HeLa cells expressing PHB1-FLAG or PHB2-FLAG were then stained with Rh123, which is a mitochondrial staining marker, depending on mitochondrial membrane potential. Similarly, a gene encoding a fusion protein (hereinafter, referred to as “SLP2-FLAG”) in which a FLAG tag had been fused to the carboxyl terminus of an SLP2 protein (NCBI accession No: NP038470) (J Biol Chem. 2000 Mar. 17; 275(11): 8062-71) was transiently expressed by HeLa cells, followed by staining with Rh123. Furthermore, as a control, HeLa cells that had not been transfected with any genes were stained with Rh123.

FIG. 2 shows the results. FIG. 2 shows photographs showing HeLa cells expressing each gene, such cells having been stained with Rh123. In FIG. 2, “TI” denotes photographs of transmission images.

As shown in FIG. 2, it was revealed that HeLa cells overexpressing PHB1-FLAG or PHB2-FLAG were not stained with Rh123. This indicates disappearance of mitochondrial membrane potential due to forced expression of PHB1-FLAG or PHB2-FLAG, suggesting possible involvement of the PHB protein in regulation of membrane potential in mitochondria.

Example 3

Molecular Functional Analysis of PHB2 Protein

To elucidate the molecular functions of the PHB2 protein, an interaction factor of the PHB2 protein in mitochondria was searched.

First, immunoprecipitation (IP) analysis and mass spectrometry (MASS analysis) were conducted using purified mitochondrial fractions derived from HeLa cells expressing PHB2-FLAG, which had been prepared in Example 1.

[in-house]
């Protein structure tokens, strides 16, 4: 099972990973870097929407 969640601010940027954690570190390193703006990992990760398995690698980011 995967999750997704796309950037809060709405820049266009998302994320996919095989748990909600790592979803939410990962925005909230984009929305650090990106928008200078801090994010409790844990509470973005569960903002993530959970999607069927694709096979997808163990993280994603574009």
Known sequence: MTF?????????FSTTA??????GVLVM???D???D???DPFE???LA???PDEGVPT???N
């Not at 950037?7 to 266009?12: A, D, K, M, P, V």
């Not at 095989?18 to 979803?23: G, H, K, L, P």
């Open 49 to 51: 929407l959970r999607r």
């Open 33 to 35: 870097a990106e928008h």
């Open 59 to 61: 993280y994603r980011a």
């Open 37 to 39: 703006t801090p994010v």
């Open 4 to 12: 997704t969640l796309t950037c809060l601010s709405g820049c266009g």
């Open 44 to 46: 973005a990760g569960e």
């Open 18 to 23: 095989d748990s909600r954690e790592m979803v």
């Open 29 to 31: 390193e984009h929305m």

In IP analysis, an immunoprecipitation method was performed using an anti-FLAG antibody, the precipitates were subjected to 12% SDS-PAGE, protein staining was performed, and then proteins that had been co-precipitated with the PHB2-FLAG protein were detected.

Meanwhile, in MASS analysis, the bands of proteins obtained by IP analysis were excised and then subjected to digestion using trypsin within gel, the thus digested peptides were extracted, and then peptide fragments were identified using nanoscale high performance liquid chromatography and tandem mass spectrometer (nano LC-MS/MS). Subsequently, proteins were identified by database analysis.

FIG. 3 shows the results of IP analysis and MASS analysis.

As is understood from FIG. 3, mitochondrial protein Hax-1 (NCBI accession No: NP006109) having an anti-apoptotic effect, the VDAC2 protein (Swiss-Prot accession No: P45880), which is a configuration factor of PTP (permeability transition pore), an ANT2 protein (NCBI accession No: NP001143), and the PHB1 protein (NCBI accession No: NP002625) known to form a complex with the PHB2 protein (Curr. Biol. 7 (8), 607-610 (1997)) were obtained as factors interacting with the PHB2 protein.

Example 4

Interaction Between PHB2 Protein and Hax-1 Protein

Interaction of the PHB2 protein with the Hax-1 protein, the VDAC2 protein, and the PHB1 protein was confirmed via IP analysis described in Example 3 and Western blot analysis using specific antibodies against the PHB2 protein, the Hax-1 protein, the VDAC2 protein, and the PHB1 protein.

Accordingly, interaction between the PHB2 protein and the Hax-1 protein was examined by an in vitro binding experiment.

Methods employed herein are as follows. A glutathione S-transferase (GST)-PHB2 fusion protein (the protein prepared by fusing a GST protein to the N-terminus of the PHB2 protein) that had been synthesized using Escherichia coli was mixed in vitro with a PHB1-FLAG protein and a Hax-1-FLAG protein (the protein prepared by fusing a FLAG tag to the C-terminus of the Hax-1 protein), which had been translated in vitro using a reticulocyte lysate solution. GST fusion proteins were then pulled down using glutathione-sepharose beads, so as to obtain precipitates. Subsequently, the precipitates were subjected to SDS-PAGE and then the Western blot method was performed using an anti-FLAG antibody. Thus, whether or not each FLAG fusion protein had bound to the PHB2 protein was examined.